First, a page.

He gives a set of structural aspects which may have contributed to the depth and duration of the depression. These are: a) the very unequal income distribution at the time, b) the bad corporate structure of the time, where holding companies and investment trusts were milking the production companies and prevented capital investments in order to pay debts, c)the inefficient banking structure of the time, d)the unbalanced foreign trade situation, e)the low level of understanding of economists of the time (Fighting depression by tax increases and budget savings?).
For sure not the last word on the subject.
(mostly lawyers) foolishly believed had caused the Depression. Their understanding of free market behavior was so poor that they honestly believed that companies would simply keep manufacturing products despite a fall in demand. No one has ever successfully explained exactly why on earth they would believe such a thing.
Today we look with complete amusement at the attempts made by FDR and his fellow
planners to reduce "overproduction," maintain high prices, especially food prices (!!!), "spread the workweek," etc. It's abundently clear that they were
totally clueless as to both the causes of and the necessary policies to deal with the depression. As to stock market crashes, in his excellent work, Rethinking the Great Depression, Gene Smiley points out that in the stock market crash of August 1937 until April 1938, the S&P fell 52 percent. Which happens to be TWICE the amount lost during the so-called Great Crash of 29 (Sept, 1929 to May,1930).
Of course, this occurred after 4 1/2 years of New Deal policies, which Galbraith
had a hand in. Funny how he considers the Great Crash of 29 to be important, but not the much greater crash of 1937. That tells you everything you need to know about Galbraith and his "insights."
Galbraith writes for the general audience, which means he not only leaves out most of the arcane details, but he also writes in an engaging style. Galbraith's view is that the great speculative boom that preceded the Great Crash was fueled by not by easy credit, but rather by a mindset that ignored risk and assumed that the market would go ever upwards - in short, a mania. The leverage that helped raise the market to unknown heights, particularly buying on the margin, also built in the means for the sudden collapse. Once the market nosed over, margin calls went out, some were met, many were not, and the market tumbled faster and farther. Galbraith demonstrates that many leaders held onto a `boundless optimism' long after any rational support for such a view had disappeared.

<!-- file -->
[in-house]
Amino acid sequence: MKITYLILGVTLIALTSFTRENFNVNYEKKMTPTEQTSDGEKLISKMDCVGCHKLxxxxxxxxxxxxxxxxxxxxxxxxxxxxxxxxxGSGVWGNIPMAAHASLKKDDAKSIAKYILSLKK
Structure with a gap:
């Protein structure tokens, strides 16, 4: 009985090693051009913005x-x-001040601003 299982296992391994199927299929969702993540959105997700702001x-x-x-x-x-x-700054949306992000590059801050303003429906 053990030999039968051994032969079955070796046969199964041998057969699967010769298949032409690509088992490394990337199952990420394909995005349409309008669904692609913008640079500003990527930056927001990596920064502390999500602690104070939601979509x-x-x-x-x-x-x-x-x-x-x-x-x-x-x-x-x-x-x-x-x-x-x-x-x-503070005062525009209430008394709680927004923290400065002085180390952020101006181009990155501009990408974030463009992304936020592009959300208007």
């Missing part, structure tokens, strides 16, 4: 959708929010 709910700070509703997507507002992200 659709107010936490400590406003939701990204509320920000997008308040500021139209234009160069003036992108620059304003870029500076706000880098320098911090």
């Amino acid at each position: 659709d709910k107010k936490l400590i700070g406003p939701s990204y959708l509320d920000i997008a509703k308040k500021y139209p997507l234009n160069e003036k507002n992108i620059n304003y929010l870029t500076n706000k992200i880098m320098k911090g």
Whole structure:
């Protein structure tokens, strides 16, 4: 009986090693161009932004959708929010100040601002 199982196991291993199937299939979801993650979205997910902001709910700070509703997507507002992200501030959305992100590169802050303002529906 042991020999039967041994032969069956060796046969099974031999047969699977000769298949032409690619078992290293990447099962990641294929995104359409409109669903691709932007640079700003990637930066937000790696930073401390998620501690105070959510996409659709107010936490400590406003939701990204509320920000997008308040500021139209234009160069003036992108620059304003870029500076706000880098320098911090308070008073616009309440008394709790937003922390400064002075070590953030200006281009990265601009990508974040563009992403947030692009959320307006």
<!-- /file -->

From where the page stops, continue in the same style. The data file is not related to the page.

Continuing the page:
Galbraith's main focus is on the market speculation and its collapse, but he also takes the view that the stock market collapse did in fact contribute greatly to the cause of the Great Depression. Galbraith asserts that the economy was not in strong shape before the stock market collapse. He likens the Great Crash to `typhoon which blew out of lower Manhattan'. The crash in the market struck the rich especially hard and because wealth was so concentrated the subsequent shrinkage in spending and investment by the rich caused serious damage to the economy. While we have significant safeguards in place today that did not exist in the 1930's, we also once again have a concentration of income and wealth eerily comparable to the pre-depression era.
Highest recommendation. Well-written, well-argued, and timely (once again). Readers may also appreciate Galbraith's equally readable A Short History of Financial Euphoria (Whittle)